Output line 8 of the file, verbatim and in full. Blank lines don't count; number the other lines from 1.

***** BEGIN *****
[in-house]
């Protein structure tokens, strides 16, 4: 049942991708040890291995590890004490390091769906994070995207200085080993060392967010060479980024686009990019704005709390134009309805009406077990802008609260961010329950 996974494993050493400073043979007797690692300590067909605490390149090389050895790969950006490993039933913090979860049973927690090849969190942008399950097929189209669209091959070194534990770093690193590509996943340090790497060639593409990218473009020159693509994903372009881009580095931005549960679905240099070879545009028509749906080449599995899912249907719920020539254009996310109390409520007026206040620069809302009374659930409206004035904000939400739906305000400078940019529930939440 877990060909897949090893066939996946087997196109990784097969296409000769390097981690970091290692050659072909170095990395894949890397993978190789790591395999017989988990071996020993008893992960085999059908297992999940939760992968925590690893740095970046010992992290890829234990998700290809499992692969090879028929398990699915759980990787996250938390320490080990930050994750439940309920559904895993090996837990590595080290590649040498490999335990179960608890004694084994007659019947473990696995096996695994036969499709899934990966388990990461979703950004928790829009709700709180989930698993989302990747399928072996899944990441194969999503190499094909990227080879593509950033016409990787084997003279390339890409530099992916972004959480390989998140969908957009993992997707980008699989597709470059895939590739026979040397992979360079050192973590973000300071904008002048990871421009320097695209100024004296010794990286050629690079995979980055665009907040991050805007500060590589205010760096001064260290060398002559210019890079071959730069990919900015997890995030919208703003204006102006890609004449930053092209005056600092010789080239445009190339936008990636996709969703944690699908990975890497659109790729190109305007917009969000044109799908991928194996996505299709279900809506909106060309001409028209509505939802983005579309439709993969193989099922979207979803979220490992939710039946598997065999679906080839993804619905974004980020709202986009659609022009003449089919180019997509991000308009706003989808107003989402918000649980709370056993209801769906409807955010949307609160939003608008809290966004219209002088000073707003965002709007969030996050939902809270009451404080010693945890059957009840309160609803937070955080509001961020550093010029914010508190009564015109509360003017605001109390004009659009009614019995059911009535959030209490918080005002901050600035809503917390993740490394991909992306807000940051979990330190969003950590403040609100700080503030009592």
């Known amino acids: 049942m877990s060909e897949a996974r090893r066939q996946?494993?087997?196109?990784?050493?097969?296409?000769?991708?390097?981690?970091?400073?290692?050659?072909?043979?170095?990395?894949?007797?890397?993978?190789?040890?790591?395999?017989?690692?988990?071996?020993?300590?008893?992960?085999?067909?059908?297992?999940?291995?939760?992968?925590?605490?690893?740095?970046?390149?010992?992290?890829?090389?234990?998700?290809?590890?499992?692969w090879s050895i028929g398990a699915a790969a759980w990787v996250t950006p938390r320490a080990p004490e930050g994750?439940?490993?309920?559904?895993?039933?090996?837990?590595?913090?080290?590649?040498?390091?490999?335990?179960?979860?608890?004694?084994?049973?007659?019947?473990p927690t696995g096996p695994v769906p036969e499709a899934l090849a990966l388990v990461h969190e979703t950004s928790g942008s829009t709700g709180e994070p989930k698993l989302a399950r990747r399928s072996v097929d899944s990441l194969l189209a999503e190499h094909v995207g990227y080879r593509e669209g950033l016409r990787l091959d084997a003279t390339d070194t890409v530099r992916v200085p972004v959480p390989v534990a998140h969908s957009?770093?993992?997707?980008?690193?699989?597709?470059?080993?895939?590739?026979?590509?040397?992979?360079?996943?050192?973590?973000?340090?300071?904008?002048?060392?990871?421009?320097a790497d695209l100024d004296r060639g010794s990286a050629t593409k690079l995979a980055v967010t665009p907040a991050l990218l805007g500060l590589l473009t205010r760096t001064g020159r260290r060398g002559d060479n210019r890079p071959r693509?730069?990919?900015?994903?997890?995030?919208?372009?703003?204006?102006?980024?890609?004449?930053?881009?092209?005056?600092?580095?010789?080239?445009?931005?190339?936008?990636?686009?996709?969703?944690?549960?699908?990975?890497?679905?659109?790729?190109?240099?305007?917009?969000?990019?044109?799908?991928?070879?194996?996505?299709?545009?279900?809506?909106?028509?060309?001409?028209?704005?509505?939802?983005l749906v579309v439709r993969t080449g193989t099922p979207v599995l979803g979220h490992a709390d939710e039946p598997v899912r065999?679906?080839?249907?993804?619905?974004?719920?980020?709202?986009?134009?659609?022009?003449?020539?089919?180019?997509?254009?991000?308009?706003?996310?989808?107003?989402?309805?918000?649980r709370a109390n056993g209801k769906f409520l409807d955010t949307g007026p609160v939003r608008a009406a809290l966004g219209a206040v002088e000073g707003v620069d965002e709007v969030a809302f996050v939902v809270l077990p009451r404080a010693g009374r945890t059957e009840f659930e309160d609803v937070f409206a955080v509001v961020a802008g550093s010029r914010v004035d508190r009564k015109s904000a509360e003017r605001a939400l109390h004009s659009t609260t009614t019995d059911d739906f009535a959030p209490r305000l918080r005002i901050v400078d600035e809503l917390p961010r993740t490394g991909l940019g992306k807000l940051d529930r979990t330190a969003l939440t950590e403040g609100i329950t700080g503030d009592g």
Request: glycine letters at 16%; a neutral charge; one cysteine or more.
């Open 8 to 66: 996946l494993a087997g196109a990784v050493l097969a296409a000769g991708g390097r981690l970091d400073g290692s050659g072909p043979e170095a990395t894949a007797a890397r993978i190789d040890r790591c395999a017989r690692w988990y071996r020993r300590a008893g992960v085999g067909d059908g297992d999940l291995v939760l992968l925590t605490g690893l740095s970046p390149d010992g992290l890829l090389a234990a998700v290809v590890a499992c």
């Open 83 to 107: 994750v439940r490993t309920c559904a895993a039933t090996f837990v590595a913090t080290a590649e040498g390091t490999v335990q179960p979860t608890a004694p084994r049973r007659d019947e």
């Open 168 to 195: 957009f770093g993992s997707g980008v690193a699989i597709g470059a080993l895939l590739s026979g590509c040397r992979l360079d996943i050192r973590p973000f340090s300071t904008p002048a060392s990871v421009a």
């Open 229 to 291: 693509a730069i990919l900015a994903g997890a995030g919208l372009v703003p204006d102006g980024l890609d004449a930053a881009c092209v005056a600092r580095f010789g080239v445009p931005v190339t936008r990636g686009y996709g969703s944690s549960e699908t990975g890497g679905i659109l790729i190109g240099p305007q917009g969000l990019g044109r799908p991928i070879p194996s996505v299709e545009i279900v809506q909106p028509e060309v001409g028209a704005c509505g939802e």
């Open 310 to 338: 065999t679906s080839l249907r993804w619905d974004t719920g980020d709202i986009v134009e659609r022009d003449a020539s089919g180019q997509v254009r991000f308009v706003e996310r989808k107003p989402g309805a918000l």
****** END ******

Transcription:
């Open 229 to 291: 693509a730069i990919l900015a994903g997890a995030g919208l372009v703003p204006d102006g980024l890609d004449a930053a881009c092209v005056a600092r580095f010789g080239v445009p931005v190339t936008r990636g686009y996709g969703s944690s549960e699908t990975g890497g679905i659109l790729i190109g240099p305007q917009g969000l990019g044109r799908p991928i070879p194996s996505v299709e545009i279900v809506q909106p028509e060309v001409g028209a704005c509505g939802e």